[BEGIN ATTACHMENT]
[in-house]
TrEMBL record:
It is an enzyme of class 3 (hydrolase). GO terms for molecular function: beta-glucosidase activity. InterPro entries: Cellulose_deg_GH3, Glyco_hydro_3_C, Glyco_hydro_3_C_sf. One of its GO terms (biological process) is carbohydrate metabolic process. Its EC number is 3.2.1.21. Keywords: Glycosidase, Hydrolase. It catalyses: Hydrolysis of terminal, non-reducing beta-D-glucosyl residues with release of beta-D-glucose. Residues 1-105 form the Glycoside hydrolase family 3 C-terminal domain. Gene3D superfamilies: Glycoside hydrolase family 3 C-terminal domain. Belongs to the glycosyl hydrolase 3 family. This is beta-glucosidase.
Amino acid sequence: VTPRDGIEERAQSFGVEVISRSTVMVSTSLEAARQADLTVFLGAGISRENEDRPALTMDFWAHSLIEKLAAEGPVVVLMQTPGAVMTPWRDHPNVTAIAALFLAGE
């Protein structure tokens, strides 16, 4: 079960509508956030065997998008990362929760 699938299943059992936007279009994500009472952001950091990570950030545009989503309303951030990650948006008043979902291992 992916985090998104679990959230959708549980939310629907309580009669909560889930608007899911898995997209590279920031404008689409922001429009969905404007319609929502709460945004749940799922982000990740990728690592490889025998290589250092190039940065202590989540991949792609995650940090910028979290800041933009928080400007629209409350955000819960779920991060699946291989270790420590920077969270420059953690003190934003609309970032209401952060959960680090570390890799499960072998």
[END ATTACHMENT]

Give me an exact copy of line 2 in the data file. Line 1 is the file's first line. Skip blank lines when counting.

TrEMBL record: